Maya Angelou “Graduation” Summary
Graduation is an important transition time in every person’s life. It is about moving on to something better and more important and to use your knowledge to achieve life goals. This is what the children attending the grammar school believed as well, including Maya Angelou. Given from her point of view, the story Graduation has ethos because as an African American girl, she shared the same thoughts and feelings as everyone standing on the stage or in the auditorium when Mr. Edward Donleavy passively demeaned everything the students had worked so hard to achieve.
This story is told by a women who had ...view middle of the document...
..added a crocheted cuff...” (24). This was an entire paragraph dedicated to the detail her grandmother added to her dress. This concrete information she included only added to the believability of her story and the signiﬁcance of the moment. When describing the scents coming from the home economics building with such preciseness, she clariﬁes the fact that everything is clear and the little things made all the difference on that memorable day.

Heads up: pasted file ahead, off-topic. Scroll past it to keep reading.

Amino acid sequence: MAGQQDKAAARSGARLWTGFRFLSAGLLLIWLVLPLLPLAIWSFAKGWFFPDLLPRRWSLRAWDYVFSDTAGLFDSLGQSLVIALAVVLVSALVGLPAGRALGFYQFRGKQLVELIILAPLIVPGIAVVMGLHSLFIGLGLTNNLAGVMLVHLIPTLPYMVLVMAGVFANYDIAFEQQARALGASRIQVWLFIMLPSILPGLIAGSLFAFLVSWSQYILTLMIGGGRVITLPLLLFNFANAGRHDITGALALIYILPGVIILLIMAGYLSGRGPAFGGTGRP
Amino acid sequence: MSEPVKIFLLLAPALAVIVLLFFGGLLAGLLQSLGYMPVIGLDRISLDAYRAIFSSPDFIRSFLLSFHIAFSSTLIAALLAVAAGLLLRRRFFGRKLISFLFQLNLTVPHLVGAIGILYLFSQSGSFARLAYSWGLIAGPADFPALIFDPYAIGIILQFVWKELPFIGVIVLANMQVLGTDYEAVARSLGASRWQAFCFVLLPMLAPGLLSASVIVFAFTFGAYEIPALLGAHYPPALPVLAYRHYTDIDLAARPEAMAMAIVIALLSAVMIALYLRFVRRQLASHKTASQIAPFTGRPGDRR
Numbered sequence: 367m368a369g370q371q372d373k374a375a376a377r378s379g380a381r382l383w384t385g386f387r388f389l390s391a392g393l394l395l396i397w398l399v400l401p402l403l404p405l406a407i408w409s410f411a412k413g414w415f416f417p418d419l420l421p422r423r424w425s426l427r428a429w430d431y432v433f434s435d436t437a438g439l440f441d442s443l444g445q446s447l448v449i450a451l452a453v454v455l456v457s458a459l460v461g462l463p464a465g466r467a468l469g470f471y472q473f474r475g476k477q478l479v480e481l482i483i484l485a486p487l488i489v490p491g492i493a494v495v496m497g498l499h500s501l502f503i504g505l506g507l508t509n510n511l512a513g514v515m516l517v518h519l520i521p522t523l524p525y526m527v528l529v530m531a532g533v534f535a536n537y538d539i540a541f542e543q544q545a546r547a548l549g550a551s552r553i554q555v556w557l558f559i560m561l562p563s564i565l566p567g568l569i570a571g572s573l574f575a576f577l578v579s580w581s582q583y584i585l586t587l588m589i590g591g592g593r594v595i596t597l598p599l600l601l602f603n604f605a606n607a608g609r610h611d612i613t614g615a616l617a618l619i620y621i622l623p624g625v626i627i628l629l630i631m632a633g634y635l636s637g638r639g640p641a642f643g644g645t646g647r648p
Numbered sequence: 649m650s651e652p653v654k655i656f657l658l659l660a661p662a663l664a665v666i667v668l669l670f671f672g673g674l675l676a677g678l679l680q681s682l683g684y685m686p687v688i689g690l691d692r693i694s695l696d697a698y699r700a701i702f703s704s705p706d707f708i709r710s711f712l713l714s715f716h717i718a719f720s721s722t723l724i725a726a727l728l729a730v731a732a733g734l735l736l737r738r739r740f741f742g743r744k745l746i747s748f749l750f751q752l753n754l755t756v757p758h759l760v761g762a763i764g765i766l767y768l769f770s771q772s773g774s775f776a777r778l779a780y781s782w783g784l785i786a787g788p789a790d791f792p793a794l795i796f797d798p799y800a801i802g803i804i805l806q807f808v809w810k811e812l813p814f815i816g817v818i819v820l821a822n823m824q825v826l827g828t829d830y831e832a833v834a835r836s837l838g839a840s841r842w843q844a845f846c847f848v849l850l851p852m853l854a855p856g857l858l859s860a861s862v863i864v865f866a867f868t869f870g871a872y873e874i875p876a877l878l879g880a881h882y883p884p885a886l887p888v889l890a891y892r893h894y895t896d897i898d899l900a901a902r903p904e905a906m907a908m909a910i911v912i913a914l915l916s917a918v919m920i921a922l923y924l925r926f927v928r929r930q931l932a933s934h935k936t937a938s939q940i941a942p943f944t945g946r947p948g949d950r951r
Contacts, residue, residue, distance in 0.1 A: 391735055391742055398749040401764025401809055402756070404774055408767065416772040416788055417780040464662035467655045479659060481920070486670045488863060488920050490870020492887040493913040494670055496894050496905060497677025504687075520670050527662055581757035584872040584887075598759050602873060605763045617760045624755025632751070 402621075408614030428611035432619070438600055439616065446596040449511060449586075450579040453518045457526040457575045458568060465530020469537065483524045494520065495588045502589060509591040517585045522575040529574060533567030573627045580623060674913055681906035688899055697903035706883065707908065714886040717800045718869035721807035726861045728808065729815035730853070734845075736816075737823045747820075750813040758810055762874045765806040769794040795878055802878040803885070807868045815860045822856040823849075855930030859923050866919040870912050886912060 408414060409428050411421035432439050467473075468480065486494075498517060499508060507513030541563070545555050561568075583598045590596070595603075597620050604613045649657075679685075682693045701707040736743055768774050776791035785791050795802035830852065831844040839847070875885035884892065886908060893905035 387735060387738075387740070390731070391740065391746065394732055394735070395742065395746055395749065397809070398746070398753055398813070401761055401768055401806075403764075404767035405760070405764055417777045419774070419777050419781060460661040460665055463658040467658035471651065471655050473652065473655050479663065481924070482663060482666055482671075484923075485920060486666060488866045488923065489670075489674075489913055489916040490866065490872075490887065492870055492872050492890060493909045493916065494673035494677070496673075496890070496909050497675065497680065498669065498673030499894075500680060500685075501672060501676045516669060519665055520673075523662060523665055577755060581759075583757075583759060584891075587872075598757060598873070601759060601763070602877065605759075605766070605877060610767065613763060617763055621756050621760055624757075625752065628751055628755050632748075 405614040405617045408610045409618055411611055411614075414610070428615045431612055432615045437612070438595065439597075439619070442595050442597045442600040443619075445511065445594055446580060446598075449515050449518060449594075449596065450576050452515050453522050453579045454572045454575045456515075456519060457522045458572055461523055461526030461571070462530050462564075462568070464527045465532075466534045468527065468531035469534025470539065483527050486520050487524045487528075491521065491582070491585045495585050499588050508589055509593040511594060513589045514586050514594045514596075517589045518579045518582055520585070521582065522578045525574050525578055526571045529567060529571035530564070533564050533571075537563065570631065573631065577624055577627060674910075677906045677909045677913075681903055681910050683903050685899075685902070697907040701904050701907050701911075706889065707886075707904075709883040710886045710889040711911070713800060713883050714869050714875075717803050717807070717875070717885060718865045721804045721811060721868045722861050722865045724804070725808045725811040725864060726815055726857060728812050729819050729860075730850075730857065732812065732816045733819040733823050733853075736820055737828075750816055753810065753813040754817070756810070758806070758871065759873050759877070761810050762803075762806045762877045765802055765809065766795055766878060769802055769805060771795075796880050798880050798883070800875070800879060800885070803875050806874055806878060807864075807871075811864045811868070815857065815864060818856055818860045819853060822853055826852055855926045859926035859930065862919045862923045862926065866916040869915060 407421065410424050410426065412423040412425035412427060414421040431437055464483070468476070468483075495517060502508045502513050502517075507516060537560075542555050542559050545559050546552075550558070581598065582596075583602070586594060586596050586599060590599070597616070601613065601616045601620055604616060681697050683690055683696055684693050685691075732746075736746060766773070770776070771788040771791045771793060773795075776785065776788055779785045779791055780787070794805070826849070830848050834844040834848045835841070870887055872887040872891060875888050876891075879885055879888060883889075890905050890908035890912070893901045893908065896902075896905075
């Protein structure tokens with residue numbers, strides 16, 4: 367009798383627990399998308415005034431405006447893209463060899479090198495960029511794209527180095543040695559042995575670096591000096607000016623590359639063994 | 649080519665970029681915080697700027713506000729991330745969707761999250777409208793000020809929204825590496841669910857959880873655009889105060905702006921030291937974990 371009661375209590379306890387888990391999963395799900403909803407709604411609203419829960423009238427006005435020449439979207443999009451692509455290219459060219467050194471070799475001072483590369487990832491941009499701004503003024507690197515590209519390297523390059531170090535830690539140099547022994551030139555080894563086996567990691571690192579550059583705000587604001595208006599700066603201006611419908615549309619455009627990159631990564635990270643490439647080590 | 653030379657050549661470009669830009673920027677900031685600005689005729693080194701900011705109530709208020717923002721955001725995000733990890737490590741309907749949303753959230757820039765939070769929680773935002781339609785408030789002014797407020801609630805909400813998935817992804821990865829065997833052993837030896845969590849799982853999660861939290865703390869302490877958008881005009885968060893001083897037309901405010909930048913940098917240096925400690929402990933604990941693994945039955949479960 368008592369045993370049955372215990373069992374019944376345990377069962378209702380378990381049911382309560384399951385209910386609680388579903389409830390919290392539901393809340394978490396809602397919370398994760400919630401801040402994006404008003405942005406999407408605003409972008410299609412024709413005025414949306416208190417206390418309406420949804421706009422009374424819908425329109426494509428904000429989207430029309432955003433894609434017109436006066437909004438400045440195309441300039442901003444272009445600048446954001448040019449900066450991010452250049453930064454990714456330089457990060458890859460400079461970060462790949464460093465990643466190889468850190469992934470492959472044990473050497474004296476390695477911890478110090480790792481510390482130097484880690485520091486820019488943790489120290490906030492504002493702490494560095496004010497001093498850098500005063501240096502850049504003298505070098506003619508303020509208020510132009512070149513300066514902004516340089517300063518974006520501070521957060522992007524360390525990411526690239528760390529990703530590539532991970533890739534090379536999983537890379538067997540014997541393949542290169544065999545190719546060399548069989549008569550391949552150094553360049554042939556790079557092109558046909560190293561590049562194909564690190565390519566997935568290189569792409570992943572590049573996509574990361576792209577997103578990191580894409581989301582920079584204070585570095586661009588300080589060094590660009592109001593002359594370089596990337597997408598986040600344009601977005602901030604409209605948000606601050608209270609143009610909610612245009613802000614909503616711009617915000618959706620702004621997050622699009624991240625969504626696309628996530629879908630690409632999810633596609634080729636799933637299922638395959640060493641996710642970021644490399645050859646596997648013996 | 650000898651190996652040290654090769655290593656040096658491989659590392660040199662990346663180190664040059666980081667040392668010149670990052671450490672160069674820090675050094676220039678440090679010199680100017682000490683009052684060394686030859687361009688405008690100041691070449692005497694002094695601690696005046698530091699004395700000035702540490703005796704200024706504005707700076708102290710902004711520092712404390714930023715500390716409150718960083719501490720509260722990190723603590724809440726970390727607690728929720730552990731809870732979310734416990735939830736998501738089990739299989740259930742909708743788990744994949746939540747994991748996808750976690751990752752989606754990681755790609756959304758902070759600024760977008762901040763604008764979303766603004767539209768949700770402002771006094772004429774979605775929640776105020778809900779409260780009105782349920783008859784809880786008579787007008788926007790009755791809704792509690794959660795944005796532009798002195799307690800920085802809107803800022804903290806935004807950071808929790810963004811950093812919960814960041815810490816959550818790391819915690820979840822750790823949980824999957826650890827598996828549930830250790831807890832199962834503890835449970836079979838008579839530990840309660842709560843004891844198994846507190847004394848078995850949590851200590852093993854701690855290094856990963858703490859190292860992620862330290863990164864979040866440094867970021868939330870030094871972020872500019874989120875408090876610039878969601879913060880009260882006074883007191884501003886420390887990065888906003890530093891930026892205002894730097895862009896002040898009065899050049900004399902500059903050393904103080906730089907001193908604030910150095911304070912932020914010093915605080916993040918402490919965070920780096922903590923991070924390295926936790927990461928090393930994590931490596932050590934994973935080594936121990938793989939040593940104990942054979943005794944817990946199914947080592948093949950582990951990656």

Everything in the story was told with such intricate detail. Even the minuscule features of her writing surprisingly gave off small hints of something more. When Angelou states “I was headed for the freedom of open ﬁelds.” (24) It is somewhat a reminder of slavery. Although in reality it is talking about freedom from school, there is a long history of slavery in America and the inequality of African Americans to whites; when the word “freedom” is used when referring to African Americans, many tend to associate it with freedom from slavery. This may evoke pity from the reader, or simply add intrigue from how she connects it with school.
Inequality between African Americans and whites was emphasized strongly by Angelou. When Angelou is walking up the hill to her school, she describes the gloomy atmosphere surrounding it—foreshadowing what is to come. When inside the auditorium she also notes that something feels off. Once the two white men walk on stage, the entire atmosphere returns to this gloomy awareness.
The use of “Amen” throughout the speech is a sad reminder of their inequality: it was an automatic response as well as showing how they were lesser than him since no one contended anything he said. Angelou describes the feeling she got when listening to Mr. Donleavy’s speech (“The man’s dead words fell like bricks around the...